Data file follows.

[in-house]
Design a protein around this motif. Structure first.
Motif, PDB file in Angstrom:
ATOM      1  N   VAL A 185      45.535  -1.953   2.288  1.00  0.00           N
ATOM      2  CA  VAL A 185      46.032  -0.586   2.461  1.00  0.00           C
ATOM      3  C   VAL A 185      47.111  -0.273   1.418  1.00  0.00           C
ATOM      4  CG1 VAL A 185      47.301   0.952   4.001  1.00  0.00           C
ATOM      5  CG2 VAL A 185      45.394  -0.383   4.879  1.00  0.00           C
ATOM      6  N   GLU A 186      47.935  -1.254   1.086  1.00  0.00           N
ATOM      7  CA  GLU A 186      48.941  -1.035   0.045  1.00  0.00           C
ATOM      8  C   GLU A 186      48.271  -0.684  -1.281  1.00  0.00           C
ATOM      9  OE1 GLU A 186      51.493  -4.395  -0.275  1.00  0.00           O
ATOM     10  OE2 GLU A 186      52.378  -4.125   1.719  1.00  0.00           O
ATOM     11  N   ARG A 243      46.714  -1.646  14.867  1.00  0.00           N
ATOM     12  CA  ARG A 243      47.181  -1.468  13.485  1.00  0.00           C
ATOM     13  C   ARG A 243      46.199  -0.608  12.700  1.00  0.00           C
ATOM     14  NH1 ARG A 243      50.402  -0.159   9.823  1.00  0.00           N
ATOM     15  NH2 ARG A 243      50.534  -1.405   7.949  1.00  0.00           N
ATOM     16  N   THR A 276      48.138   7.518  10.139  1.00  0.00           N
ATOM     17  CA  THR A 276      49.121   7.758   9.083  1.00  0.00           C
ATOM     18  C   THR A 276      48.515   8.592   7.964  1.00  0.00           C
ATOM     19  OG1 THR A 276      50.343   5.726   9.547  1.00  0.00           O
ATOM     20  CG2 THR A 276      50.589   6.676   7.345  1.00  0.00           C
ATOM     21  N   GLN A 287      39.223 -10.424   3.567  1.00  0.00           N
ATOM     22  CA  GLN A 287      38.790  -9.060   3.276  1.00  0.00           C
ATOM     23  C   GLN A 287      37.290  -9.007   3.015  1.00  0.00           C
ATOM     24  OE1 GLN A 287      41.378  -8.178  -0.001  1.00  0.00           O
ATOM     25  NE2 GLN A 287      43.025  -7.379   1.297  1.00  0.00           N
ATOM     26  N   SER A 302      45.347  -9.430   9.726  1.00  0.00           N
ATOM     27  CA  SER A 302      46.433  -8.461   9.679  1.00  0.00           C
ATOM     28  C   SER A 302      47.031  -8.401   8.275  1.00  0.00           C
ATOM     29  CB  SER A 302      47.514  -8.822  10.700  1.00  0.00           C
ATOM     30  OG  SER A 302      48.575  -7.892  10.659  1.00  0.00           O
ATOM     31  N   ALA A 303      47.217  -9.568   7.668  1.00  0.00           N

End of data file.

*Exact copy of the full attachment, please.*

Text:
[in-house]
Design a protein around this motif. Structure first.
Motif, PDB file in Angstrom:
ATOM      1  N   VAL A 185      45.535  -1.953   2.288  1.00  0.00           N
ATOM      2  CA  VAL A 185      46.032  -0.586   2.461  1.00  0.00           C
ATOM      3  C   VAL A 185      47.111  -0.273   1.418  1.00  0.00           C
ATOM      4  CG1 VAL A 185      47.301   0.952   4.001  1.00  0.00           C
ATOM      5  CG2 VAL A 185      45.394  -0.383   4.879  1.00  0.00           C
ATOM      6  N   GLU A 186      47.935  -1.254   1.086  1.00  0.00           N
ATOM      7  CA  GLU A 186      48.941  -1.035   0.045  1.00  0.00           C
ATOM      8  C   GLU A 186      48.271  -0.684  -1.281  1.00  0.00           C
ATOM      9  OE1 GLU A 186      51.493  -4.395  -0.275  1.00  0.00           O
ATOM     10  OE2 GLU A 186      52.378  -4.125   1.719  1.00  0.00           O
ATOM     11  N   ARG A 243      46.714  -1.646  14.867  1.00  0.00           N
ATOM     12  CA  ARG A 243      47.181  -1.468  13.485  1.00  0.00           C
ATOM     13  C   ARG A 243      46.199  -0.608  12.700  1.00  0.00           C
ATOM     14  NH1 ARG A 243      50.402  -0.159   9.823  1.00  0.00           N
ATOM     15  NH2 ARG A 243      50.534  -1.405   7.949  1.00  0.00           N
ATOM     16  N   THR A 276      48.138   7.518  10.139  1.00  0.00           N
ATOM     17  CA  THR A 276      49.121   7.758   9.083  1.00  0.00           C
ATOM     18  C   THR A 276      48.515   8.592   7.964  1.00  0.00           C
ATOM     19  OG1 THR A 276      50.343   5.726   9.547  1.00  0.00           O
ATOM     20  CG2 THR A 276      50.589   6.676   7.345  1.00  0.00           C
ATOM     21  N   GLN A 287      39.223 -10.424   3.567  1.00  0.00           N
ATOM     22  CA  GLN A 287      38.790  -9.060   3.276  1.00  0.00           C
ATOM     23  C   GLN A 287      37.290  -9.007   3.015  1.00  0.00           C
ATOM     24  OE1 GLN A 287      41.378  -8.178  -0.001  1.00  0.00           O
ATOM     25  NE2 GLN A 287      43.025  -7.379   1.297  1.00  0.00           N
ATOM     26  N   SER A 302      45.347  -9.430   9.726  1.00  0.00           N
ATOM     27  CA  SER A 302      46.433  -8.461   9.679  1.00  0.00           C
ATOM     28  C   SER A 302      47.031  -8.401   8.275  1.00  0.00           C
ATOM     29  CB  SER A 302      47.514  -8.822  10.700  1.00  0.00           C
ATOM     30  OG  SER A 302      48.575  -7.892  10.659  1.00  0.00           O
ATOM     31  N   ALA A 303      47.217  -9.568   7.668  1.00  0.00           N